mercredi 17 février 2016


Mitch McConnell vowed to block the President's SCOTUS Nominee.

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Dear friend, 

News of Supreme Court Justice Antonin Scalia’s passing had just surfaced when Senate Republicans began promising to obstruct President Obama’s next Supreme Court appointee.1 By vowing to block any person that President Obama nominates to take the position, top Senate Republican Mitch McConnell has essentially ensured that any senator who follows history, tradition and the constitution by considering the President’s nominees will find themselves in a fight for their career. 
We have to fight this. With the docket so heavily loaded with high-stakes cases, we don’t have a choice. What hangs in the balance? The Supreme Court cases currently in the docket include access to birth control and abortion services, the rights of workers to organize, the chance to halt unjust deportations of immigrants and the very existence of affirmative action as a legal policy.2 With so much on the line, we are launching a special rapid response campaign to fight for this nominee. 

It doesn’t take a constitutional law expert to understand that after being elected into this office by voters--twice--President Obama should retain all the authority historically provided to presidents to nominate a person for the Supreme Court of the United States. If Senate Republicans truly intend to block the appointment of a new Supreme Court Justice, they would reinforce their current reputation as the least democratic institution of our nation’s government. 
History often repeats itself, and we’ve seen this kind of ugly political attack regarding a Supreme Court confirmations before. The supposed precedent that McConnell and other senators are invoking is so rooted in racism that it is known in political circles as simply “the Thurmond Rule,” named after segregationist Strom Thurmond, and much of the rhetoric used today can be traced back to his obstinate opposition of President Johnson’s appointment of Abe Fortas--a Jewish man--as Chief Justice in 1968.3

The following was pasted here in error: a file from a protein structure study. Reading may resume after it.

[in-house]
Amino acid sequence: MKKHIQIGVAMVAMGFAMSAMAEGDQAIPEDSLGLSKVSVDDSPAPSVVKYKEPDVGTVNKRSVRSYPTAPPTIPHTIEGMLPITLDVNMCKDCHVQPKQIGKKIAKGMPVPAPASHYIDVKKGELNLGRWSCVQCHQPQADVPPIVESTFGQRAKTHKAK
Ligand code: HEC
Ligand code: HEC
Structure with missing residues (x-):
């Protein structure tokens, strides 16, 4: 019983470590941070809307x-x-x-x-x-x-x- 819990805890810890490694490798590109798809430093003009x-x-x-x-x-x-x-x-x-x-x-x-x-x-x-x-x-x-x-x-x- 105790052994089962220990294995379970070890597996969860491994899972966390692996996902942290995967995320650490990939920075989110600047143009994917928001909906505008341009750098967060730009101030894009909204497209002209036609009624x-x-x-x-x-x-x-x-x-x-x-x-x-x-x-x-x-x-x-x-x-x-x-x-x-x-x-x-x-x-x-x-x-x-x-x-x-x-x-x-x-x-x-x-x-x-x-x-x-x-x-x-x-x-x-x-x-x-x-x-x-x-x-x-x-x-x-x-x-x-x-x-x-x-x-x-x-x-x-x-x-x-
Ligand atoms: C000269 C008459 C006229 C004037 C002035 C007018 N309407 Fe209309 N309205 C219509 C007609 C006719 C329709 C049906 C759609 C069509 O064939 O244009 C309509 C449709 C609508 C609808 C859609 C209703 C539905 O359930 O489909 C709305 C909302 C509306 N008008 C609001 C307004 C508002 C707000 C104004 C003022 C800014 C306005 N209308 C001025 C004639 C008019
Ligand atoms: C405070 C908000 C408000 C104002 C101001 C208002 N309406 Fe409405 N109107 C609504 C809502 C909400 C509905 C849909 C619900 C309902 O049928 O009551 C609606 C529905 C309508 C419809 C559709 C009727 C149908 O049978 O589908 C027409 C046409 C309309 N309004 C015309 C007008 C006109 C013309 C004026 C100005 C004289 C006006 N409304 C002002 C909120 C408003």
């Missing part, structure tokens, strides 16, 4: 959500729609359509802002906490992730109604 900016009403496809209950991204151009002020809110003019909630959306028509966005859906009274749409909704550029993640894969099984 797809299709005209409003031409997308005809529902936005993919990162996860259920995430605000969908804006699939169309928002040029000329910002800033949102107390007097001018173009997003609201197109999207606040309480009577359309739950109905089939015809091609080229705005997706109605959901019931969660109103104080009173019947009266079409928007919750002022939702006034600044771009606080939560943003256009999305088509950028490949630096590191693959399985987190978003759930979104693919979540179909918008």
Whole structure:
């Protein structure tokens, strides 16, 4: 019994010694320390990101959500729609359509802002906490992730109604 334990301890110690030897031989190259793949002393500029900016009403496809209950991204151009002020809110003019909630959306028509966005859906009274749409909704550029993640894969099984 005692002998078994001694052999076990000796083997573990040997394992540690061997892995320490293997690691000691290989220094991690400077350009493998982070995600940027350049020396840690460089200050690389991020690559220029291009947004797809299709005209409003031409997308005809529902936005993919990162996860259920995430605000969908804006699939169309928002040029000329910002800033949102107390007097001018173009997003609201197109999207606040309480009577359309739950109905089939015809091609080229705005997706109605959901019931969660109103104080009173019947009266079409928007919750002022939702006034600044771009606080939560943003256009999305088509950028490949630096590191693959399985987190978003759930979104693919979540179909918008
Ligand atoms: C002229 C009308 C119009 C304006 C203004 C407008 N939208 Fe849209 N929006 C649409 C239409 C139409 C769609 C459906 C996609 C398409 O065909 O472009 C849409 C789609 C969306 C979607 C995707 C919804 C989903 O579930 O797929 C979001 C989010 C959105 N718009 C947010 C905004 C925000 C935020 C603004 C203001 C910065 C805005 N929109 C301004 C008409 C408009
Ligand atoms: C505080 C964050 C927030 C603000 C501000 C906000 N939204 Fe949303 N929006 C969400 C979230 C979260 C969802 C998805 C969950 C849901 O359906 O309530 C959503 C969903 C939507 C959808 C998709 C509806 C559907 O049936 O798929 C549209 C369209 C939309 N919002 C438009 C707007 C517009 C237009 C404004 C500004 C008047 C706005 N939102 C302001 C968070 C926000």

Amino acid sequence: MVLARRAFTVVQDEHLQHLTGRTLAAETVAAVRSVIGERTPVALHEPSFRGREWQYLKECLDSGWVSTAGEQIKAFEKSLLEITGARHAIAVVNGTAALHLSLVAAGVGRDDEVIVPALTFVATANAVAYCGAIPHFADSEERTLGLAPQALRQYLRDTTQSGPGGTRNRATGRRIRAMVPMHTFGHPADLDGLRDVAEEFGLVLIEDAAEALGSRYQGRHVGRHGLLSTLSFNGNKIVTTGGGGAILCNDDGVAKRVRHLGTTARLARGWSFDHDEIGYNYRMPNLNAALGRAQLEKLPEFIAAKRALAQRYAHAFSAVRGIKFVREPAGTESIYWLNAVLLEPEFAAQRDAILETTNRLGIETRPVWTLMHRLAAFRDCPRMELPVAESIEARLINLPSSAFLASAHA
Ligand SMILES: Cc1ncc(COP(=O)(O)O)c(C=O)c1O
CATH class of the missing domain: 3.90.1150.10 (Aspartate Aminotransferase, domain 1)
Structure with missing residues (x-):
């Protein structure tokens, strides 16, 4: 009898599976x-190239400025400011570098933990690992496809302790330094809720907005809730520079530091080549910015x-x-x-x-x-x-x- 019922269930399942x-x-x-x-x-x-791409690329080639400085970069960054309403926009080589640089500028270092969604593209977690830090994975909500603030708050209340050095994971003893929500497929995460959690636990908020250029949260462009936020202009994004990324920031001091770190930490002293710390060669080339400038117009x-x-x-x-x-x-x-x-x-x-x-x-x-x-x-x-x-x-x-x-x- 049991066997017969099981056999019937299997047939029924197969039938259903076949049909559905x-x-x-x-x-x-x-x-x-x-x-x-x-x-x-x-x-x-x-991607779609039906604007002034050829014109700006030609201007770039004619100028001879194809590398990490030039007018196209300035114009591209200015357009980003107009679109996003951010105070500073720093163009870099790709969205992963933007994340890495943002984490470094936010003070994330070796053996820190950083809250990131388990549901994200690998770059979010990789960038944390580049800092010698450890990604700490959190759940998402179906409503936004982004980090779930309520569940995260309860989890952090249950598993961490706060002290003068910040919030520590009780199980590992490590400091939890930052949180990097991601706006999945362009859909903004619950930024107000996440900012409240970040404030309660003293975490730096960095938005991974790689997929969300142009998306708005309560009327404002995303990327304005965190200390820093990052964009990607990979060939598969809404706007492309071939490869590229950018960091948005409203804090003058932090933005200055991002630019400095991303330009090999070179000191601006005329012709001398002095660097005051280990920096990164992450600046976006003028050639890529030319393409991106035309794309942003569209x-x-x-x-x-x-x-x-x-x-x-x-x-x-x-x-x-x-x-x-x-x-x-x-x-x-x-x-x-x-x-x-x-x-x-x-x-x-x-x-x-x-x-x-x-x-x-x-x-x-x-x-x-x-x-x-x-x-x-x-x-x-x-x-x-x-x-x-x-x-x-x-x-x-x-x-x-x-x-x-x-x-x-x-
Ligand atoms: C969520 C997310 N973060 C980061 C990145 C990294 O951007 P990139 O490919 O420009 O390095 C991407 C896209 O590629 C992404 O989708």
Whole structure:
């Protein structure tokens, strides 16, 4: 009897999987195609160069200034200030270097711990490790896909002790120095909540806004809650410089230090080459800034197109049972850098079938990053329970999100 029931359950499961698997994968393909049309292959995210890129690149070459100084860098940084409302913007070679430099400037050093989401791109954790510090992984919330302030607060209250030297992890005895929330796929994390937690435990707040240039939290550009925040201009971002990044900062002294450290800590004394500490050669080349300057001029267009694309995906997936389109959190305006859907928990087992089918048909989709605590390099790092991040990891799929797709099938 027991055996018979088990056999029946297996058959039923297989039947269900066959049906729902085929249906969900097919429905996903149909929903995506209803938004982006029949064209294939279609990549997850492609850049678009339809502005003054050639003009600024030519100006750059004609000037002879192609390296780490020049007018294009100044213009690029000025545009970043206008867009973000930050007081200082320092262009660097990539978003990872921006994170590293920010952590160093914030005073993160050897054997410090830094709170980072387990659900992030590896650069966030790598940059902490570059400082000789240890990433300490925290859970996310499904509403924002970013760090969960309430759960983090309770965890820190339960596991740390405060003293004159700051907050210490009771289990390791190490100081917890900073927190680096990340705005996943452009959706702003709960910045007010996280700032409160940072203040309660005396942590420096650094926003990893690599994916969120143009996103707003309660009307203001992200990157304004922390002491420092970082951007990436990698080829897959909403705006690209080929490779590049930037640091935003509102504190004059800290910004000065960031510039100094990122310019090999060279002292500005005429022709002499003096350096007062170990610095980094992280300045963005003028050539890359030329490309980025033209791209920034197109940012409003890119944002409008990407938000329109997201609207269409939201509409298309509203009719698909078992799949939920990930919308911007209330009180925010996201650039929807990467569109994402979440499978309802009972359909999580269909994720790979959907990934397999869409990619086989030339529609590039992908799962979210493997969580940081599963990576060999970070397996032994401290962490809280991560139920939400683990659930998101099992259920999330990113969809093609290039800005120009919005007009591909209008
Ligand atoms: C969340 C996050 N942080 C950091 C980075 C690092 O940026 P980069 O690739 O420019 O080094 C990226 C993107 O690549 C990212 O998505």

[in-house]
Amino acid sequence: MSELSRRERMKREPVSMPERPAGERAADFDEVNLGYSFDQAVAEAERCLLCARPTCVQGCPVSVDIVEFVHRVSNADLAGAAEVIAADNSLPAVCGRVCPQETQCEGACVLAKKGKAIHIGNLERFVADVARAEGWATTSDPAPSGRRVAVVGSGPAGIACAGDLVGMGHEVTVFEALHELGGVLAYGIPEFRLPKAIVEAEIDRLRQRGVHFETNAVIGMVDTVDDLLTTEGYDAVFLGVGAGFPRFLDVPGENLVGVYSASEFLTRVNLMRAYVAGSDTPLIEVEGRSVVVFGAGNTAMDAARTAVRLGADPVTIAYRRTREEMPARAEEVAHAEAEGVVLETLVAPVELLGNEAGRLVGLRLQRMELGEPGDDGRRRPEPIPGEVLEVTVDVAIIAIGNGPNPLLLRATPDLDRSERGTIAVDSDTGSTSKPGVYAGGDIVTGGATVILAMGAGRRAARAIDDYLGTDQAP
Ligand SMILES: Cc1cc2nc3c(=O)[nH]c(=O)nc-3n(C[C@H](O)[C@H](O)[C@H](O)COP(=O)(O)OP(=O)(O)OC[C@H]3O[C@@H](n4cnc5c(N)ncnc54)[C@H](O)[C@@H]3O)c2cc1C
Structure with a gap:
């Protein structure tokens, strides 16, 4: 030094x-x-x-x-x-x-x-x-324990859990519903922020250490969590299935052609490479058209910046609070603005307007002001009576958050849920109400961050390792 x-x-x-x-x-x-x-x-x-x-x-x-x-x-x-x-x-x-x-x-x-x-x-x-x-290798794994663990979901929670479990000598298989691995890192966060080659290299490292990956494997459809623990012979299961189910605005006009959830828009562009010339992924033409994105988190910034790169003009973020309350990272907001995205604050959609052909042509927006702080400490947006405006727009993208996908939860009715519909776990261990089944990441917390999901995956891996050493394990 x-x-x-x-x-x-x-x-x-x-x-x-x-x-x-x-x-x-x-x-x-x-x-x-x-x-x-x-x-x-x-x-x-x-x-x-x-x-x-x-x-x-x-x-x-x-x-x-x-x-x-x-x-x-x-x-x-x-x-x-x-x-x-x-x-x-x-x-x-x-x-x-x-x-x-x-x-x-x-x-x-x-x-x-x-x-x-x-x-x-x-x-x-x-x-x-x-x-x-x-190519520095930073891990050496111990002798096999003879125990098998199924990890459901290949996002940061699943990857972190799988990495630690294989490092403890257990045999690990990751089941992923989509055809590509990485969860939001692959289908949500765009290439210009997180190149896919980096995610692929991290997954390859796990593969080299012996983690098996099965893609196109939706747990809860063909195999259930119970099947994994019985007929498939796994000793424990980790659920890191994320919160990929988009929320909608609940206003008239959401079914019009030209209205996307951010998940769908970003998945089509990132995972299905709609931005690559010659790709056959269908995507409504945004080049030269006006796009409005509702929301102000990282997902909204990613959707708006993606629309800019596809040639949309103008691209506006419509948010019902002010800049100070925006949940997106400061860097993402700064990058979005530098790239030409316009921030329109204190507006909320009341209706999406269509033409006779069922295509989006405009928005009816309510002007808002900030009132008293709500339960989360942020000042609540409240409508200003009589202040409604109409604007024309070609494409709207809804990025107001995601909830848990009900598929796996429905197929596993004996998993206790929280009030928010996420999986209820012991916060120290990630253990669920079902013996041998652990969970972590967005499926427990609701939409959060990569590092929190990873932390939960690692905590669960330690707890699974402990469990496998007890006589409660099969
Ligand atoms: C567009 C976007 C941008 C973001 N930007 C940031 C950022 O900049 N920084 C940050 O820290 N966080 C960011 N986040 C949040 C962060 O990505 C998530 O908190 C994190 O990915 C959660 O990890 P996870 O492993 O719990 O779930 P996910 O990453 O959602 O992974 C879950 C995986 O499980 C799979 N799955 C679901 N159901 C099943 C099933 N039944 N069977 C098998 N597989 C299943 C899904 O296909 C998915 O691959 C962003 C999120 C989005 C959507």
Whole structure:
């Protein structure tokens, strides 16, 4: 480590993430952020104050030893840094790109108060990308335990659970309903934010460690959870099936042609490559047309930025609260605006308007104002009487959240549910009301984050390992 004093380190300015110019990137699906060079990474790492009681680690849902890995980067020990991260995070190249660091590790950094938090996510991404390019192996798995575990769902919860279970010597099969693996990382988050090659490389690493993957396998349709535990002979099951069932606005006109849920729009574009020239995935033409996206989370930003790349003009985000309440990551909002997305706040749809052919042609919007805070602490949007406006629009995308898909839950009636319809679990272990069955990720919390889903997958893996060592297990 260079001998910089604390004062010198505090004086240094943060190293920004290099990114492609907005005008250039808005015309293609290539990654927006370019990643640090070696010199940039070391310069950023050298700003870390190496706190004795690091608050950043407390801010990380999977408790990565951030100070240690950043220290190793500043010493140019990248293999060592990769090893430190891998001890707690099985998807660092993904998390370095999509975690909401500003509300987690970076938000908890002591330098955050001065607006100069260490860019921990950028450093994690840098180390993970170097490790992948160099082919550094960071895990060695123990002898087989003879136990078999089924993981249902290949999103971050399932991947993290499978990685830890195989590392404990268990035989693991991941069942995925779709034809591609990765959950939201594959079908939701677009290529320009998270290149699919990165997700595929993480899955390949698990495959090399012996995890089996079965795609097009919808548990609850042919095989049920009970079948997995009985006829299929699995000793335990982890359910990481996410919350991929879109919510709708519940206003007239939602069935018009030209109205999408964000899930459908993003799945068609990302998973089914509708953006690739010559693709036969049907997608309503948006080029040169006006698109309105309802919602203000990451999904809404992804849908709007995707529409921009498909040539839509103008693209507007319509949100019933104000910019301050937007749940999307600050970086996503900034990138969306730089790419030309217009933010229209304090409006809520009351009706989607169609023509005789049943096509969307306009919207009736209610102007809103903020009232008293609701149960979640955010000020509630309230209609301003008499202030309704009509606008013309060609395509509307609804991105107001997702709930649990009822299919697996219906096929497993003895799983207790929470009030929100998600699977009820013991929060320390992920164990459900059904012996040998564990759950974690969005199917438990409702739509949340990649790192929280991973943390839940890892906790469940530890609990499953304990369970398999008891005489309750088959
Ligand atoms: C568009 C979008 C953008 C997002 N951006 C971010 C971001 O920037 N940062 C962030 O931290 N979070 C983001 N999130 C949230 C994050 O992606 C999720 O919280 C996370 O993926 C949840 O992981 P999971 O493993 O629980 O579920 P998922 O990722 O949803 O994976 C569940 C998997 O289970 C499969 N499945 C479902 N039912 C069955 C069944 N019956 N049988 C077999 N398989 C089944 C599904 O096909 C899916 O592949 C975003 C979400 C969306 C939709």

It’s not just this Supreme Court seat at stake. The next president may have the chance to nominate as many as three Supreme Court justices. We want to see Black people--and in particular, Black women--on the shortlist of consideration for who should be entrusted to make decisions on behalf of our country. That’s why once we are done fighting the current battle over filling the vacant seat on the Court, we plan to pivot to the Democratic presidential candidates, and press them on their cabinet plans and their knowledge of nomination-worthy legal scholars and public servants. We’re laying the groundwork for a more diverse government in every branch. 

In solidarity,

Rashad, Arisha, Brandi, Brittaney, Bernard, Evan and the entire ColorOfChange team.


1. “More Republicans Say They’ll Block Supreme Court Nomination,” New York Times, 2-15-2016

2. “The Simply Breathtaking Consequences of Justice Scalia’s Death,” Think Progress 2-13-2016

3. “GOP Cyncism on the Supreme Court Reaches a New Low,” The Daily Beast, 2-14-2016

4. Biographies of the Robe: Thurgood Marshall,” PBS, December 2006

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